Monthly Archives: March 2013

Functional Movement Screen Level 2 with Dr. Mark Cheng

Last year, I took the FMS online certification class and it left me wanting more information. Screening someone for imbalances is fine, but what do you do with them afterwards?
Getting some corrective exercises prescribed to me was great, but I didn’t have a great idea on how to prescribe correctives to someone else via their results of the screen. I spent a ton of cash on DVDs and materials from Gray Cook but still I felt there was something missing.
This is why I leaped on the chance to take the FMS Level 1 and 2 certification when it finally came to SF. And also, it was being taught by Dr. Mark Cheng, renowned martial artist, Sr. SFG instructor, and proponent of the FMS. I have been a big fan of Doc Cheng’s for a while now, after I started on my path to the SFG Level 1 certification. Now I would get the chance to meet him live and hear him teach the FMS.
I took both the FMS Level 1 and 2 even though I already was certified in Level 1 via the online system. I didn’t want to miss Doc Cheng’s lecture on the first part – hearing it live versus in online materials is much better and it constantly evolves, so I would get the latest information that weekend. FMS Level 1 teaches the screen only, and FMS Level 2 teaches the corrective exercises. So to me, knowing the screen is great but less than half the battle; most of the work happens after the screen in making the client a better athlete.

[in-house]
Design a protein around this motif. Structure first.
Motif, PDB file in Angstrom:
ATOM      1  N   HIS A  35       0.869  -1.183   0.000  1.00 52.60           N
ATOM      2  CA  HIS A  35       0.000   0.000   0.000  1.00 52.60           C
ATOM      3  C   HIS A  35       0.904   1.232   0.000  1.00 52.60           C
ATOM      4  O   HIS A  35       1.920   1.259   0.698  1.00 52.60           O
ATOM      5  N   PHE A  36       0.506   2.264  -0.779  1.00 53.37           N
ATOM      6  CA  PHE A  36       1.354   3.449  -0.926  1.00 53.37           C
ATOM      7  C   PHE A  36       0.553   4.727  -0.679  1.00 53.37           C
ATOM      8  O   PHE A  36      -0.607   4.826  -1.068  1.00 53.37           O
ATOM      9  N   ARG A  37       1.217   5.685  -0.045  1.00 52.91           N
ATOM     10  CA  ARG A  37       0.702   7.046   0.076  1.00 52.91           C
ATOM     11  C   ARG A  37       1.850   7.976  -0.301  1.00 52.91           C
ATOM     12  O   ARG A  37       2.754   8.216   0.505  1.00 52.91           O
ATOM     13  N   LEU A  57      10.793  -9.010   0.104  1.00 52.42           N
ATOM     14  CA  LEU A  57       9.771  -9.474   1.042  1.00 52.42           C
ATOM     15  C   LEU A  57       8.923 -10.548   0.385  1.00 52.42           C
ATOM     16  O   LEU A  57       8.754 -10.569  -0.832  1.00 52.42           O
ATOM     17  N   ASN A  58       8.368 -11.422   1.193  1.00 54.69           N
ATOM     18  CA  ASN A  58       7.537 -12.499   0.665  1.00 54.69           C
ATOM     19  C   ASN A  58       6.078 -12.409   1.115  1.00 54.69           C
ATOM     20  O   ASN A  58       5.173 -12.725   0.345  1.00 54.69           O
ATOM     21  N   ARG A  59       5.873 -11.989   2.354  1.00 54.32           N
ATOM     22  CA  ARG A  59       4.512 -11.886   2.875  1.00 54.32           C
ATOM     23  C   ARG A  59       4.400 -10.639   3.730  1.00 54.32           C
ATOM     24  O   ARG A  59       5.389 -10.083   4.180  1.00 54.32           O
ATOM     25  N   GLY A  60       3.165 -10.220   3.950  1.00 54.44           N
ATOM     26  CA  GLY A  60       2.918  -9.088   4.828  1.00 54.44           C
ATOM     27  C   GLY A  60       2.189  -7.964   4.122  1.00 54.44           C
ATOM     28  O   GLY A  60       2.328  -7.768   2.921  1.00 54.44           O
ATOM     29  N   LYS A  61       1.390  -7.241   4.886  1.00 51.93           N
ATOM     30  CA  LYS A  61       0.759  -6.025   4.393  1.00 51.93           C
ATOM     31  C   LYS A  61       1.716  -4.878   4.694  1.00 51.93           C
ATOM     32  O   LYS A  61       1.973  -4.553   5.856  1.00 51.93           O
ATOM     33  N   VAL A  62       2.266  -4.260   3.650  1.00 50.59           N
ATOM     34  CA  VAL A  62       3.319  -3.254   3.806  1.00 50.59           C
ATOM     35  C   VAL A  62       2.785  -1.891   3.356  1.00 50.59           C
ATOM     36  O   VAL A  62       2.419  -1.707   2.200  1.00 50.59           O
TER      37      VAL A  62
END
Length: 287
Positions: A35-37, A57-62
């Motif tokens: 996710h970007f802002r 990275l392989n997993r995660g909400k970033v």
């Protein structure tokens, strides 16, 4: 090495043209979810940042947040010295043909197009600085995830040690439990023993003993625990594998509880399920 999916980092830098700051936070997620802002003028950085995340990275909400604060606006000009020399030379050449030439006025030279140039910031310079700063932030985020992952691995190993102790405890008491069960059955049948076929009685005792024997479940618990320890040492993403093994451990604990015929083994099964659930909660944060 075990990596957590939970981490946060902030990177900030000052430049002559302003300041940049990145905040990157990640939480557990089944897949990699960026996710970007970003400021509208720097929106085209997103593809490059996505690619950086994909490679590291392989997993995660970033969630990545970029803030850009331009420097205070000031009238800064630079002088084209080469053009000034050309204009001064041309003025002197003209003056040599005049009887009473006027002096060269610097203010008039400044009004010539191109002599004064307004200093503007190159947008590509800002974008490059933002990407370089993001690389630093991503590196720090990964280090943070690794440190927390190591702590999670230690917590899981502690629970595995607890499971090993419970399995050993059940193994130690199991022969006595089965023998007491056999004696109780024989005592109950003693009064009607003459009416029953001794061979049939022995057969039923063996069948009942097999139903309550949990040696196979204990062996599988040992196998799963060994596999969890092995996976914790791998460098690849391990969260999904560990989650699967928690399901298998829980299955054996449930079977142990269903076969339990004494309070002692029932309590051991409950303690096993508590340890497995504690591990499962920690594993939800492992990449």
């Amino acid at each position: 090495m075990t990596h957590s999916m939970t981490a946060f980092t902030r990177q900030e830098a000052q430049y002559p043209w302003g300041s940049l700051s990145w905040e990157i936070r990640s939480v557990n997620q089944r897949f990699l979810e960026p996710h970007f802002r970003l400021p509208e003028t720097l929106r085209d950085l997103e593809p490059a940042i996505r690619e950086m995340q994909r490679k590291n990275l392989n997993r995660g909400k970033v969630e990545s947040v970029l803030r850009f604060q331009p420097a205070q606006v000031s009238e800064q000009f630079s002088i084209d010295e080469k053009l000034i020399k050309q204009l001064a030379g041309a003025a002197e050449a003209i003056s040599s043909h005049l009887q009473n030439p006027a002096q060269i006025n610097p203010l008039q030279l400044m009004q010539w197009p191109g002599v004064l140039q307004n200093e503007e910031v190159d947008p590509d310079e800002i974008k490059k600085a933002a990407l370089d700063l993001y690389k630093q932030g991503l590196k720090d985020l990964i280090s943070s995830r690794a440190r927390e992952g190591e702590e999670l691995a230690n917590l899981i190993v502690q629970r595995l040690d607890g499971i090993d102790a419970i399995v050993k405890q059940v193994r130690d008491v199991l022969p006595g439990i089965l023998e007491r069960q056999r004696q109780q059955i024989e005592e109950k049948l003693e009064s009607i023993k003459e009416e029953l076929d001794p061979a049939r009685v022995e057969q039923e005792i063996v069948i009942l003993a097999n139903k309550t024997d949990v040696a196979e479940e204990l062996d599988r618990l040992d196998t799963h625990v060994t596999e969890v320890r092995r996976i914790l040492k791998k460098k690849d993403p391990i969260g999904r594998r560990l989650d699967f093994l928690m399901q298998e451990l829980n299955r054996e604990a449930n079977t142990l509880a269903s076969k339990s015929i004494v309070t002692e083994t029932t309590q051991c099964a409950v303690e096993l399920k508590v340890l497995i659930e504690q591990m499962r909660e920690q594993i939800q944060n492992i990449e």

It was more than I hoped for! Now I had the templates and methodology to apply corrective exercises in a systematic way to correct an athlete’s imbalances which were sorely missing from just taking the FMS Level 1 course! The general path to treating a client goes like this:
1. Identify the imbalances via the screen
2. Mobility
3. Static motor control
4. Dynamic motor control
5. Strength and conditioning
You screen someone and determine their most critical imbalances; then you go through each step in order, making sure that the client has achieved a basic level of each step before moving onto the next. In our course, we are given a ton of corrective exercises, most of which are found at Functional Movement website. Without taking the course, these exercises were all a big jumble. Which ones should I apply and when? Which one should I do first? How do I know when something is working? All these were outlined in the course.
Learning the screen in Level 1 is great, but without Level 2 it is almost pointless. I highly recommend taking both together and not just online but live in front of a lecturer. Doc Cheng was awesome and I hope to hear him again, as well as someday Gray Cook and Lee Burton the creators of the FMS soon.